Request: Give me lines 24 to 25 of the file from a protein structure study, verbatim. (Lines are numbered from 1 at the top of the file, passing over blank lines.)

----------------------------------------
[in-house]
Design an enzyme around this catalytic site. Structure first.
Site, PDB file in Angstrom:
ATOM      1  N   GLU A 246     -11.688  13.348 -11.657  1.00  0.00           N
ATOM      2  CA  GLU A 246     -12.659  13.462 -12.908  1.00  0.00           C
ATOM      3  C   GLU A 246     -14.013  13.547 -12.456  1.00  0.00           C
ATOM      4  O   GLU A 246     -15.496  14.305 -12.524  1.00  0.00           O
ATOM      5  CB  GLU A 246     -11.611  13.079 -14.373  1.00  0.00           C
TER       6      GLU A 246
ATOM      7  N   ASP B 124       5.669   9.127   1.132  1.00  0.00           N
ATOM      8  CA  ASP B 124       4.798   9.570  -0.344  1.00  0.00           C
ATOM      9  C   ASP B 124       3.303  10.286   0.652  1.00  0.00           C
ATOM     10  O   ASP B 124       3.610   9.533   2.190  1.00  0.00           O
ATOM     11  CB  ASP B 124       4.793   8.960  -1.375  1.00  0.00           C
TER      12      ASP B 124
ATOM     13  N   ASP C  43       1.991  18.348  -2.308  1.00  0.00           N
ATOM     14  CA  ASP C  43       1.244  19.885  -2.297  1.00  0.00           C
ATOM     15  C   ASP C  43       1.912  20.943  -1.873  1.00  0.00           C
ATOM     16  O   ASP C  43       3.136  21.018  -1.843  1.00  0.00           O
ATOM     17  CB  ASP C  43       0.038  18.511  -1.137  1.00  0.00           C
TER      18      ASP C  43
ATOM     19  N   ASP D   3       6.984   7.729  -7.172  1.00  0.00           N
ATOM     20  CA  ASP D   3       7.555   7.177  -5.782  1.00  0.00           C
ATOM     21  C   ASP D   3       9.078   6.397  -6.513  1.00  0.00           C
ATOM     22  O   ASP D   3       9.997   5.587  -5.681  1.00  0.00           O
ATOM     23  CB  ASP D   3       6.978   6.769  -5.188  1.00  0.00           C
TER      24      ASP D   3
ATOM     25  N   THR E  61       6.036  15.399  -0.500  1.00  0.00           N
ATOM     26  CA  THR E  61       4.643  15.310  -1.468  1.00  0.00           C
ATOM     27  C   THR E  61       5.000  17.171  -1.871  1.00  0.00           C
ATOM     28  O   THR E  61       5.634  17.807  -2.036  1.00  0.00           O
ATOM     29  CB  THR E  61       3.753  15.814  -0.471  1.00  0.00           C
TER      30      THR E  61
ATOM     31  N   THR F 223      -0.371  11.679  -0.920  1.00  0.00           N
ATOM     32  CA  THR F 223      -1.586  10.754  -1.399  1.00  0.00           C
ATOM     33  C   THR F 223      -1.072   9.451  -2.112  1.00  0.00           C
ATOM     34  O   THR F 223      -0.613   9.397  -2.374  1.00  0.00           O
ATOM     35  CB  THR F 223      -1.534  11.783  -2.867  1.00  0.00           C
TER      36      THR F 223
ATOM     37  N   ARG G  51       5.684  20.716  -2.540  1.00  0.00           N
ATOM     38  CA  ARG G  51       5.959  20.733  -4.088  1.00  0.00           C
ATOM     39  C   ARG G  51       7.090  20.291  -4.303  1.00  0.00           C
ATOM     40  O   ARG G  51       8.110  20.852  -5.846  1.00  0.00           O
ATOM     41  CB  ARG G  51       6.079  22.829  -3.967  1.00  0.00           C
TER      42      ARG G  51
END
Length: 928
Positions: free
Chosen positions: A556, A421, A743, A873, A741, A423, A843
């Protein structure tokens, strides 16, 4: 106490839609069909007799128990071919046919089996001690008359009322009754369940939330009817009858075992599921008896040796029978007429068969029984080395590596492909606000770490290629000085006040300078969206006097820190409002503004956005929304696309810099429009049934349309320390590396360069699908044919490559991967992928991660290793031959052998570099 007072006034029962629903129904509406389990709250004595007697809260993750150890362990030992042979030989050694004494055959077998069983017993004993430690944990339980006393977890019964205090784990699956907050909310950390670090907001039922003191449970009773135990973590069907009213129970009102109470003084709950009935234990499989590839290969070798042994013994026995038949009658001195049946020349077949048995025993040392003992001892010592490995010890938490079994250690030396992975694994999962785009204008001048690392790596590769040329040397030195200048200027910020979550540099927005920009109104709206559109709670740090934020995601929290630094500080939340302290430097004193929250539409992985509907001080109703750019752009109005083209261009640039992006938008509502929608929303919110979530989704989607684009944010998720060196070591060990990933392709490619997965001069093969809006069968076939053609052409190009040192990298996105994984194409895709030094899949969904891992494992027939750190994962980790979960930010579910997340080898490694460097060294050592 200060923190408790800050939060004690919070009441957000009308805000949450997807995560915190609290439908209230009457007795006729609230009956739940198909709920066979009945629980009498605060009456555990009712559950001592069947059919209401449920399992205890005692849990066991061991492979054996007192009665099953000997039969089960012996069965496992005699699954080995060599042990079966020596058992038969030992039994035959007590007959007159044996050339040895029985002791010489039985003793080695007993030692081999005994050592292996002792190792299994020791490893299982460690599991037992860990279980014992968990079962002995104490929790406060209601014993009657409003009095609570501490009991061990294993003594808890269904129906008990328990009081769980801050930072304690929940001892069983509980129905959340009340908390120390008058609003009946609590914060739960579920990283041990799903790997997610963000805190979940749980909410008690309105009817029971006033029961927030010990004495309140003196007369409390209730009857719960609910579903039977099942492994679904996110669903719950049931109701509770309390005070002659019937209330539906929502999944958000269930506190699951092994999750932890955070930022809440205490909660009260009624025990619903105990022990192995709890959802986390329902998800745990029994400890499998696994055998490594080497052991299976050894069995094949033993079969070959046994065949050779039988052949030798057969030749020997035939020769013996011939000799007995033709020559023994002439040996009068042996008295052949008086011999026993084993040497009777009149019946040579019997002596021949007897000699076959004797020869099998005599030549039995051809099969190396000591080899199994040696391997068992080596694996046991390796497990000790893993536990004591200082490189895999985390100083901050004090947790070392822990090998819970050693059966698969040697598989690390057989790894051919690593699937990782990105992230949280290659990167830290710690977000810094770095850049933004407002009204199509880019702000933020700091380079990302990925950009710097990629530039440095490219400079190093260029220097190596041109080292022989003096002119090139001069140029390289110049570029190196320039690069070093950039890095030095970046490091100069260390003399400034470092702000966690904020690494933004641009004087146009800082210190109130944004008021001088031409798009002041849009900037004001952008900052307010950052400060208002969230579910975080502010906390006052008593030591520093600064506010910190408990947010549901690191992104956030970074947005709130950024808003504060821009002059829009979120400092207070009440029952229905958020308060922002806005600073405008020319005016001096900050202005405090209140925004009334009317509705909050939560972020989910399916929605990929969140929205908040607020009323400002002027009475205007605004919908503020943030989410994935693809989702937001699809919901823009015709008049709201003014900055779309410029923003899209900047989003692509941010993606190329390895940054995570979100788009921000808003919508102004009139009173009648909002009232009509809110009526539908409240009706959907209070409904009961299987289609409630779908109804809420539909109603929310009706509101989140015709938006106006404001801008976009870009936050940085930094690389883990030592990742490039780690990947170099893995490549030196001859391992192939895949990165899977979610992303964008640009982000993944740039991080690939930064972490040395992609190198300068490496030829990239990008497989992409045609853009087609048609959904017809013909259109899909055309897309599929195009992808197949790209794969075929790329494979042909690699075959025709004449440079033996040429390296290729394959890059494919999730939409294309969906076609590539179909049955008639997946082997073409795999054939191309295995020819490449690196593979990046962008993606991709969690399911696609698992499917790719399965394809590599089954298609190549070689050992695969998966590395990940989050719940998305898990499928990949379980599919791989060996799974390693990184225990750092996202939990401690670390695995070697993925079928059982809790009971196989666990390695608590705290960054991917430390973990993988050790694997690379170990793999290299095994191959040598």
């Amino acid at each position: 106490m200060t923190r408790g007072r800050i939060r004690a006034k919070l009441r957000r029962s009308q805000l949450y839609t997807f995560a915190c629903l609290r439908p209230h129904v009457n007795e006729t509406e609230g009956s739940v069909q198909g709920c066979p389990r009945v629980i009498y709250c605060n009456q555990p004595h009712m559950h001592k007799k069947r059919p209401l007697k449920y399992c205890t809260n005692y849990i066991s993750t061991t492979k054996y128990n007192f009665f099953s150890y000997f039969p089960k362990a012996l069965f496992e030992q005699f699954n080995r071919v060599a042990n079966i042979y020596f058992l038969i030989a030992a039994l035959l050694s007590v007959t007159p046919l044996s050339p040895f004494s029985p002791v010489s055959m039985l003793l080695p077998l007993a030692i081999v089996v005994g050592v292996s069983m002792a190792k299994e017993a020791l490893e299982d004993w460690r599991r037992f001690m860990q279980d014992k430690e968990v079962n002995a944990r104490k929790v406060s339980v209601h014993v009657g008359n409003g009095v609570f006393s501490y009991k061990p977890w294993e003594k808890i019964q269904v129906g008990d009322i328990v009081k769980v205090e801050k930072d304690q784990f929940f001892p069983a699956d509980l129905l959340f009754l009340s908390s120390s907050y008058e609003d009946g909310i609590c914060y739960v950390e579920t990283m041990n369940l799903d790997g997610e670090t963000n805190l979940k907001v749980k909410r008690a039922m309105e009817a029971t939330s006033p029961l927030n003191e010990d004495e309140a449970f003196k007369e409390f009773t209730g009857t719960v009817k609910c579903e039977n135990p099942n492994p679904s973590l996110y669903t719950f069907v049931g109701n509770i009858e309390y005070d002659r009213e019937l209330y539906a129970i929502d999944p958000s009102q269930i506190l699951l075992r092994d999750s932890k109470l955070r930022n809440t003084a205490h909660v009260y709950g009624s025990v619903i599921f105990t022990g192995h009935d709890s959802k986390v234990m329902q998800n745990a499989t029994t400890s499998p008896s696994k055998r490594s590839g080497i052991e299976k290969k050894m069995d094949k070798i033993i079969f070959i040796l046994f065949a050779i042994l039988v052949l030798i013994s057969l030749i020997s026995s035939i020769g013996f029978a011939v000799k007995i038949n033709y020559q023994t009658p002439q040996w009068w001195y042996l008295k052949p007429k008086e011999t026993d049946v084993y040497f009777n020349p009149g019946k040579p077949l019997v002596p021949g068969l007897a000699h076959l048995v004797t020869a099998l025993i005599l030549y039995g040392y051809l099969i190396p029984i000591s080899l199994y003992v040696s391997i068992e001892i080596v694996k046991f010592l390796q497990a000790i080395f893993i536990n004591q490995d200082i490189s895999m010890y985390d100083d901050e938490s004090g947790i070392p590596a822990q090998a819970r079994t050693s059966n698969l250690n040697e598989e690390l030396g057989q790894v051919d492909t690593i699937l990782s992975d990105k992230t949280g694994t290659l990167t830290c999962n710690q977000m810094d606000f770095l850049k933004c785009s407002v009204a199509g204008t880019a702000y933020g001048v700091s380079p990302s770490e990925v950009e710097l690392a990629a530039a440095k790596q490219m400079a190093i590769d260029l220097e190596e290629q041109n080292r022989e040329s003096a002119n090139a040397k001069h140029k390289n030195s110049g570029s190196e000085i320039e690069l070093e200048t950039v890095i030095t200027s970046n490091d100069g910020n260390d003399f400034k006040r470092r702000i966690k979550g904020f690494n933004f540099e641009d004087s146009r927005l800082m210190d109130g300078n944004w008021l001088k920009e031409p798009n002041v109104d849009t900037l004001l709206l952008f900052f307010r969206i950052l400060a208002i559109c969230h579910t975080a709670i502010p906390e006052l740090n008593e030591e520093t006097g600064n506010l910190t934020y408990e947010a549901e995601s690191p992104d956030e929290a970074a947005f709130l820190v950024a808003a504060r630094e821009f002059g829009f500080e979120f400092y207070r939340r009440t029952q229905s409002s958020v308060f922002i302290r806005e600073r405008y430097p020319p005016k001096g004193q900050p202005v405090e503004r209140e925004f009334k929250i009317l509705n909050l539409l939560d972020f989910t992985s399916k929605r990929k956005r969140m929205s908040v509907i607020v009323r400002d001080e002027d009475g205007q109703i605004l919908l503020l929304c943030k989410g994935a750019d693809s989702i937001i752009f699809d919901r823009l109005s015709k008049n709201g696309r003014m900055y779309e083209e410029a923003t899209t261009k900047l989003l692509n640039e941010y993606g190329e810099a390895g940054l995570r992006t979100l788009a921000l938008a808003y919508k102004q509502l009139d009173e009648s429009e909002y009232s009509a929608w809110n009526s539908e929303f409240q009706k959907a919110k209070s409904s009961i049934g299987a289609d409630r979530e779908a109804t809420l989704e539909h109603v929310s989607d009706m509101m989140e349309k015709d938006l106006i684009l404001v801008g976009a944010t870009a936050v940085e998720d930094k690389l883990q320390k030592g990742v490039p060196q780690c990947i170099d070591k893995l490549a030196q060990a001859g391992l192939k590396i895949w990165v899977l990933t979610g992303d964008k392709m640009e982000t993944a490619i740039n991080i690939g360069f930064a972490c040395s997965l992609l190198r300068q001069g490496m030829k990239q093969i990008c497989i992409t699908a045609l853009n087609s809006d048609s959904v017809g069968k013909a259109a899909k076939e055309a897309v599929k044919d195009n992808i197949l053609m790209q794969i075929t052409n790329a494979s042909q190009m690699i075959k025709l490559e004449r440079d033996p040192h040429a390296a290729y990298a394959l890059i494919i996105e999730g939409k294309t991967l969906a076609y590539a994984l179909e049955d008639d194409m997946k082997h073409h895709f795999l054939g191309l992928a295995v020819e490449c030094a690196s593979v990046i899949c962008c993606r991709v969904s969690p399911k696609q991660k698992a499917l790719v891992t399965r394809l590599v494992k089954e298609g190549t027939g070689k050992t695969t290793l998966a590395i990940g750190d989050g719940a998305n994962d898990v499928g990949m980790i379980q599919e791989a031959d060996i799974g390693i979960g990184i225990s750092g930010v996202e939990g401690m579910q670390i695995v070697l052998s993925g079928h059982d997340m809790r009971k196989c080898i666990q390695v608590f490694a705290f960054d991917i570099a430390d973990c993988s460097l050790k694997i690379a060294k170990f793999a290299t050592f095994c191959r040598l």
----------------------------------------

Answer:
ATOM     21  C   ASP D   3       9.078   6.397  -6.513  1.00  0.00           C
ATOM     22  O   ASP D   3       9.997   5.587  -5.681  1.00  0.00           O